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The FDA thinks that ranitidine can turn carcinogenic in three different ways

Plaintiffs contend that Sanofi either knew or had an obligation to know of the spikes in NDMA regardless of the source of contamination

Monday, November 22, 2021 - Regulators at the Food and Drug Administration have been studying and testing ranitidine for about three years now and have come to some interesting conclusions. Their findings are sure to be focused on when a federal judge decides on which scientific experts will be allowed to testify at bellwether trials coming up in 2023, and which ones are merely inflammatory and not based on hard science. The FDA's ranitidine test results may run contrary to those of online prescription drug testing pharmacy Valisure which ignited a firestorm of controversy several years back about ranitidine being inherently unstable and degrading to become carcinogenic. More than 70.000 heartburn medicine cancer lawsuits have been registered in multidistrict litigation by people with stomach, bladder, esophagus, colon, prostate, breast, or another form of terminal cancer. Jason Rodriguez, director of the division of complex drug analysis at the US Food and Drug Administration's (FDA's) Office of Testing and Research in St. Louis reported that the agency thinks that carcinogenic levels of NDMA is not due to the inherent instability of the ranitidine molecule only, but can develop in any of three different ways. According to the Regulatory Affairs Professional Society, "Nitrosamine impurities can be introduced in three ways, with contamination occurring during the manufacturing process or via the supply chain; impurities may also develop because of problems with the drug's stability." Plaintiffs suing Sanofi allege think that the company either knew or had an obligation to know of the spikes in NDMA regardless of the source of contamination. Sanofi is under investigation by the Department of Justice (DOJ) for allegedly lying to government regulators about their knowledge of NDMA levels.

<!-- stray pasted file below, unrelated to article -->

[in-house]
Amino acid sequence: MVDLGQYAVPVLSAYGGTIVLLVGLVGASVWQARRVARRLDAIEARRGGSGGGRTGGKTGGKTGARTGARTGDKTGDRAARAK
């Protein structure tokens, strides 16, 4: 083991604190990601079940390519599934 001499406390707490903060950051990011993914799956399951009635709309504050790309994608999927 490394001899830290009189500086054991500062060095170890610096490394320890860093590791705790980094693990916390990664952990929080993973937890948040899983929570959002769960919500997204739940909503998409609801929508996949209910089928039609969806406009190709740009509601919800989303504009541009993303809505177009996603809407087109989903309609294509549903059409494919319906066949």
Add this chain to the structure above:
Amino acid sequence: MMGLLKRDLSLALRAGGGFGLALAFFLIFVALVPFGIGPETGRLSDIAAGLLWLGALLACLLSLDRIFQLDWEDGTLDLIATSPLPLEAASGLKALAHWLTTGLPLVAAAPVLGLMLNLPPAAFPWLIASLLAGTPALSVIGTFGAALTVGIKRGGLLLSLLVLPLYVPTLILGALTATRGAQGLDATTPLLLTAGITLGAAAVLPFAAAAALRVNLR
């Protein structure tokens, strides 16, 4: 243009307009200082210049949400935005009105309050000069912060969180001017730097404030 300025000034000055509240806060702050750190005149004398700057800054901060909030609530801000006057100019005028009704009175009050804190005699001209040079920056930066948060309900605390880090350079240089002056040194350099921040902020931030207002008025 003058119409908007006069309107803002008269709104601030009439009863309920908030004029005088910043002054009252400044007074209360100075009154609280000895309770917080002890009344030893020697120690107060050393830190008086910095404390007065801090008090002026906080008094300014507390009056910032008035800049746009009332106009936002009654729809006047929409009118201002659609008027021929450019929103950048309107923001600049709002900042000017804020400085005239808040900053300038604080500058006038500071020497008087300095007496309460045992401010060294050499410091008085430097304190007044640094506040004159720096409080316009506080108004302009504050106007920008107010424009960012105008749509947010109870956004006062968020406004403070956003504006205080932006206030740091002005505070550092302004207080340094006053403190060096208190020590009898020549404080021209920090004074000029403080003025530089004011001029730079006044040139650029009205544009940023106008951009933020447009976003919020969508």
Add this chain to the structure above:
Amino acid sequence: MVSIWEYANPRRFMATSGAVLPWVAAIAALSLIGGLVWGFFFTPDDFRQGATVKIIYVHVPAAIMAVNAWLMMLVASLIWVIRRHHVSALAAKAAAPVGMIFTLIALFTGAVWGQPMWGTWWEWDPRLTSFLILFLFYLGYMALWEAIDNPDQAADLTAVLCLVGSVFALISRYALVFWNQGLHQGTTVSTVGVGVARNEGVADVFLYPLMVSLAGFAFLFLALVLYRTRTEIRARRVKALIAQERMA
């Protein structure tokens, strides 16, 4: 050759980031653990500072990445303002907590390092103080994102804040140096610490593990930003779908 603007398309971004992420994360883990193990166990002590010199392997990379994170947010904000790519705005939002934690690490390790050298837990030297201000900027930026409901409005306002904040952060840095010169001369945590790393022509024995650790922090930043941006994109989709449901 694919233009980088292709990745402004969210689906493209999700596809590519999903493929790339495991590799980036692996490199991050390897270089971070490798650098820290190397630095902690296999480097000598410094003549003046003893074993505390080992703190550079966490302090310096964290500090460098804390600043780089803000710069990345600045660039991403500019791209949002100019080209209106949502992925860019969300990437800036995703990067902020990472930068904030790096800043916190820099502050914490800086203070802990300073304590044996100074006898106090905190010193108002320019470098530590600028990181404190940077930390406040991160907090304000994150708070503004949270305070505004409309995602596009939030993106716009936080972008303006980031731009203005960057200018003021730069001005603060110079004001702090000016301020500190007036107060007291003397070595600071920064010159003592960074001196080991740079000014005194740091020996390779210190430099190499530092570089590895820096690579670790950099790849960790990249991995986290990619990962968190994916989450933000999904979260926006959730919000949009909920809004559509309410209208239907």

Legal experts think that there is a likelihood that Sanofi will make a settlement offer due to overwhelming scientific evidence against them and the sheer number of potential plaintiffs. Over 15 million Americans were using Zantac at the time of the April 1, 2020, FDA ranitidine recall that set the heartburn medicine world back to the stone ages. According to attorneys, the settlement offer may mirror the $12 billion settlement of 90,000 cancer cases by Bayer over allegations that plaintiffs developed non-Hodgkin's lymphoma (NHL) from ingesting Roundup herbicide by inhaling the fumes or repeatedly coming into direct skin contact. If that happens, plaintiffs may be divided into three groups according to the magnitude of their injuries and the amount and regularity of taking Zantac. Settlements amounts could range from $20,000 to $400,000 or more according to Lawyers for those who have filed antacid cancer lawsuits are required to have them pre-screened by filling out an extensive questionnaire about their and their family's medical and employment history, their history of taking Zantac, and the doctor's certification of their cancer diagnosis so that only the best-qualified plaintiffs are accepted into the MDL.

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OnderLaw, LLC is a St. Louis personal injury law firm handling serious injury and death claims across the country. Its mission is the pursuit of justice, no matter how complex the case or strenuous the effort. The Onder Law Firm has represented clients throughout the United States in pharmaceutical and medical device litigation such as Pradaxa, Lexapro and Yasmin/Yaz, where the firm's attorneys held significant leadership roles in the litigation, as well as Actos, DePuy, Risperdal and others. The Onder Law Firm has won more than $300 million in four talcum powder ovarian cancer lawsuits in St. Louis. Law firms throughout the nation often seek its experience and expertise on complex litigation.

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